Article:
If you have any information, statistics, personal experiences, etc., that you would like to share, please send me an e-mail.
Online articles and resources:
(coming soon) Teaching Latin: Contemporary Problems and Potential Solutions.
In this paper, I examine the question of teaching Latin to non-traditional students (multicultural, English language learners, learning disabled, etc.), and how Latin might be made more accessible to those students. Paper also draws upon previous alternative Latin projects.
A recent Cambridge brain study suggests that too much conscious processing can actually hinder the learning process when it comes to things which we learn more automatically or unconsciously (e.g. language!).
Why Speak Latin? A defense by Nancy Llewellyn.
Ms. Lewellyn, president of SALVI, responds to the claim that teaching spoken Latin is a waste of time. This was originally posted to LatinTeach.
Krashen addresses the grammar-translation approach, which is still common in many foreign language classrooms, Latin in particular.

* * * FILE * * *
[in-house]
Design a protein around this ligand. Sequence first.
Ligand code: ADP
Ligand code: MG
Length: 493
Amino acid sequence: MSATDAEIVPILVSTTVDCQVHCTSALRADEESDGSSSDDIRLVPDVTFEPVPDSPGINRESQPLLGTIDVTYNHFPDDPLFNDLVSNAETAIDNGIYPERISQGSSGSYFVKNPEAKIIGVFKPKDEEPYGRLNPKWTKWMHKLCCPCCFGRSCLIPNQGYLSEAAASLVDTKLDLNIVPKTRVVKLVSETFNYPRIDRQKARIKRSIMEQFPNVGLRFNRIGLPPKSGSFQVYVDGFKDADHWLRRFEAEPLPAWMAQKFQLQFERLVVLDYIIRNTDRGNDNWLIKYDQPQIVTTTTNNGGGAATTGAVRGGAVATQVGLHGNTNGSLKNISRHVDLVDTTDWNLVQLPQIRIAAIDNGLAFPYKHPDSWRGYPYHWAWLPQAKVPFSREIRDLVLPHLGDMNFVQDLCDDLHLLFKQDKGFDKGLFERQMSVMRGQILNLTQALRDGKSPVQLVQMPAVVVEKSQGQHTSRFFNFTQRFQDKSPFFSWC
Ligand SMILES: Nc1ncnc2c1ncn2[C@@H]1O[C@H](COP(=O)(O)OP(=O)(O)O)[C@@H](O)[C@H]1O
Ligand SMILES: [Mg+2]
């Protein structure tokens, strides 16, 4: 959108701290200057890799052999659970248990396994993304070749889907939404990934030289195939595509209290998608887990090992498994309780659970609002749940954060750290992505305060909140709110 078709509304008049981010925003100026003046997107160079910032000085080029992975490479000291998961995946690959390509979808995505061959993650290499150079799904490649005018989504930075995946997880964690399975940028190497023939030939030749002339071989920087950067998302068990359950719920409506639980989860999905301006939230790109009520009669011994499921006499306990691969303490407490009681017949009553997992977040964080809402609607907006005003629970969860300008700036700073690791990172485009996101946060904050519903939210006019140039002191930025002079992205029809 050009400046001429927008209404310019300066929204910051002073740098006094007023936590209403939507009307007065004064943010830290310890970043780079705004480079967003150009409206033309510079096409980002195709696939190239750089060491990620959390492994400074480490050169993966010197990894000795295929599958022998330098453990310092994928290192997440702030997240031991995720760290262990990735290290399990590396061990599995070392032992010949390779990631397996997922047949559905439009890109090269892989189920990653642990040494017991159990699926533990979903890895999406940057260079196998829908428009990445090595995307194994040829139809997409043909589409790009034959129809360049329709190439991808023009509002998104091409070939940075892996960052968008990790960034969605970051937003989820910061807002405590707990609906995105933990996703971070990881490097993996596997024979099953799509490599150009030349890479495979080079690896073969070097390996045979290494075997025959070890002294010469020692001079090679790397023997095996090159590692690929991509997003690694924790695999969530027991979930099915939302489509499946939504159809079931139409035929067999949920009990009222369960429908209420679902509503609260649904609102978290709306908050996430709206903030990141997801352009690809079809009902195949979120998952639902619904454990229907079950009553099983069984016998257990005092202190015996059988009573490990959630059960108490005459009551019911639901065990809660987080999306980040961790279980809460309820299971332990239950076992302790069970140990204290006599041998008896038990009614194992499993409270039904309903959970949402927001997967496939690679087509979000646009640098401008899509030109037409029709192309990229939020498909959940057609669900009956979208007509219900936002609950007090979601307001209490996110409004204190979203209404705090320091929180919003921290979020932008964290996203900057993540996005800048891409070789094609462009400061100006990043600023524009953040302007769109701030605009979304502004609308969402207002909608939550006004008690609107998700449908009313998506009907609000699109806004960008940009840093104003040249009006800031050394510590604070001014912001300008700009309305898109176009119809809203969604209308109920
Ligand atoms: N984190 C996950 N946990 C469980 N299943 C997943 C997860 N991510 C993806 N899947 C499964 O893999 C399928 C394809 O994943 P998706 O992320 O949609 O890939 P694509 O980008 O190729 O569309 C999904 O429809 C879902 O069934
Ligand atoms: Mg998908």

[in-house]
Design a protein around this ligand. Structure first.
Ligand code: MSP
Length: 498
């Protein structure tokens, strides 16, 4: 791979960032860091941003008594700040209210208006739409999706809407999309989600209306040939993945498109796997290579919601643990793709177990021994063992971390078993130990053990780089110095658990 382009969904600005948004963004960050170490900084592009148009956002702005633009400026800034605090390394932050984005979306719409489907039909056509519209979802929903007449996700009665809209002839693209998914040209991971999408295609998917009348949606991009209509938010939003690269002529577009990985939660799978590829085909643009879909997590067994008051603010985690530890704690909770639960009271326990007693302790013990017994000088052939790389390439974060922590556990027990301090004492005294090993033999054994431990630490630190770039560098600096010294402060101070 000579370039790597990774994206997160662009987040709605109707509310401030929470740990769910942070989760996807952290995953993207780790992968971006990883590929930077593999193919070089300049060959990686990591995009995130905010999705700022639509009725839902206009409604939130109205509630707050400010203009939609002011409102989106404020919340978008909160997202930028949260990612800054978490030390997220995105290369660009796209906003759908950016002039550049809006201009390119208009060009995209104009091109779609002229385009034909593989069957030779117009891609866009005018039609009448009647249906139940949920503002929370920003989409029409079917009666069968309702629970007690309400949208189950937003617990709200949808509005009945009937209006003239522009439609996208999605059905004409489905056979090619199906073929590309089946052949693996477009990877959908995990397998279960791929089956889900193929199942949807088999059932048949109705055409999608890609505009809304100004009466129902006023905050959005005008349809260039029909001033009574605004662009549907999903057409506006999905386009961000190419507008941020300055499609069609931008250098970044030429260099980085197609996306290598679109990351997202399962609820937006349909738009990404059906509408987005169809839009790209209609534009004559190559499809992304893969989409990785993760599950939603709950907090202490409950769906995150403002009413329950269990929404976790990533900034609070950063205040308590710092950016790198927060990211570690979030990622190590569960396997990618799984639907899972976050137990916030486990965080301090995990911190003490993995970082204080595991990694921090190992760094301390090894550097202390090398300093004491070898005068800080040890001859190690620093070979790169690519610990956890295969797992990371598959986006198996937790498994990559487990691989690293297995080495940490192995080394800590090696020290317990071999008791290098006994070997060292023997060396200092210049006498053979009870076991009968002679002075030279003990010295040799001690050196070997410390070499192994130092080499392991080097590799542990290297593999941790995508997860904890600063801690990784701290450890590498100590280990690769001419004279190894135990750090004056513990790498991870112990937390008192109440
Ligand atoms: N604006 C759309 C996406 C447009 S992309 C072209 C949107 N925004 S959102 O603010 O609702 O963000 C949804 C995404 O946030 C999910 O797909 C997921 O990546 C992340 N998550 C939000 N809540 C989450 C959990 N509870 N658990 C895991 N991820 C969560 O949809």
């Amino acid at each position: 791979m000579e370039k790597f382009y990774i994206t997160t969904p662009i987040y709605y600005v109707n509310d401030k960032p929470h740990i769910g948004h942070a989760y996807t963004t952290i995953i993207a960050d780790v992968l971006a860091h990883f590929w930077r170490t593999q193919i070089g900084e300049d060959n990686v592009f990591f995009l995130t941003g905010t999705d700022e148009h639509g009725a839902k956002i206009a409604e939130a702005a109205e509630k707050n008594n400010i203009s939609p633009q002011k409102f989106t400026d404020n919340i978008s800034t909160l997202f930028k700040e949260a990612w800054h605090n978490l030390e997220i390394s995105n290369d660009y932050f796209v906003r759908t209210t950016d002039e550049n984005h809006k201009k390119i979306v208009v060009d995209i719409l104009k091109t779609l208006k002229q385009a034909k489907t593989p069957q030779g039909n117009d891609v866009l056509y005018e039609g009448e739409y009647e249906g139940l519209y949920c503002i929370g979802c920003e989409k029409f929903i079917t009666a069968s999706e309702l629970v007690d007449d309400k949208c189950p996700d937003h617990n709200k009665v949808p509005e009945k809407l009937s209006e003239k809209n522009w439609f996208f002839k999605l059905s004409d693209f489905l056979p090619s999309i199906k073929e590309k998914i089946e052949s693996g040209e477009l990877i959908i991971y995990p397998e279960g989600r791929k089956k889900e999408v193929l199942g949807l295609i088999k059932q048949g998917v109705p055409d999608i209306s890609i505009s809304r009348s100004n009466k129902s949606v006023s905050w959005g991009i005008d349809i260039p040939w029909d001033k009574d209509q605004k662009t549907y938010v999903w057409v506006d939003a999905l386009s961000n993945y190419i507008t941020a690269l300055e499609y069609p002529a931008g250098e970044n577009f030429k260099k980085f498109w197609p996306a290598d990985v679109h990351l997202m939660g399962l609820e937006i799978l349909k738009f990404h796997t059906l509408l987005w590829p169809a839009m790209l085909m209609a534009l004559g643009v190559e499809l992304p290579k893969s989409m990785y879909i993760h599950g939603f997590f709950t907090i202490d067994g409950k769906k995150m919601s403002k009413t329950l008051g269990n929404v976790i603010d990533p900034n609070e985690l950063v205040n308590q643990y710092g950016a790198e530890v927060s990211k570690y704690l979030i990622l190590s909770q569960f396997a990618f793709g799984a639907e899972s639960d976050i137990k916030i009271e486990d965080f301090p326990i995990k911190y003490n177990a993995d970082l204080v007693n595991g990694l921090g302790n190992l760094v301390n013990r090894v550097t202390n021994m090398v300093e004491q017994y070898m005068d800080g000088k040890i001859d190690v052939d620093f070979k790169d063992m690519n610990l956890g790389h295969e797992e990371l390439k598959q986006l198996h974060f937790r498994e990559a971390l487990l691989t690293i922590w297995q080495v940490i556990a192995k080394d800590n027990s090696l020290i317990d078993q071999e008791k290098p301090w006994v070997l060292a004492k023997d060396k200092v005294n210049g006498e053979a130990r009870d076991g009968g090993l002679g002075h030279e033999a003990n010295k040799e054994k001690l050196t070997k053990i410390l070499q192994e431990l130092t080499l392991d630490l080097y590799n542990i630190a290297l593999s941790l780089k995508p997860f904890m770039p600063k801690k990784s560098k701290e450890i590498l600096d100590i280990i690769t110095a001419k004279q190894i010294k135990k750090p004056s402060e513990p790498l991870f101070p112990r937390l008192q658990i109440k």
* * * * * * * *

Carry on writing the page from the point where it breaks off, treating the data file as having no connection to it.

Ahead of its time.
Other Resources, mostly available in print.
Tunberg, Terence and Milena Minkova. Readings and Exercises in Latin Prose Composition. Focus Publishing, 2004.
This is the only college level Latin composition guide that does notlimit its definition of “composition” to translation of sentences from English to Latin. As a result, the exercises in this book encourage students to work with Latin as Latin, not as a puzzle to figure out. Each chapter is based on an extensive and interesting passage from authors representing all periods of Latin literature. Read the Bryn Mawr Classical Review article here.
For teachers who are interested in introducing composition at the beginning levels, I have posted a description and materials from my ACL workshop: “Latin Prose Composition as a Fun, Creative and Differentiated Activity.”
Miraglia, Luigi. “Latino e Greco alla Prova: La verifica delle competenze nella didattica delle lingue classiche” Docere 1, 1 (2002) 23-33.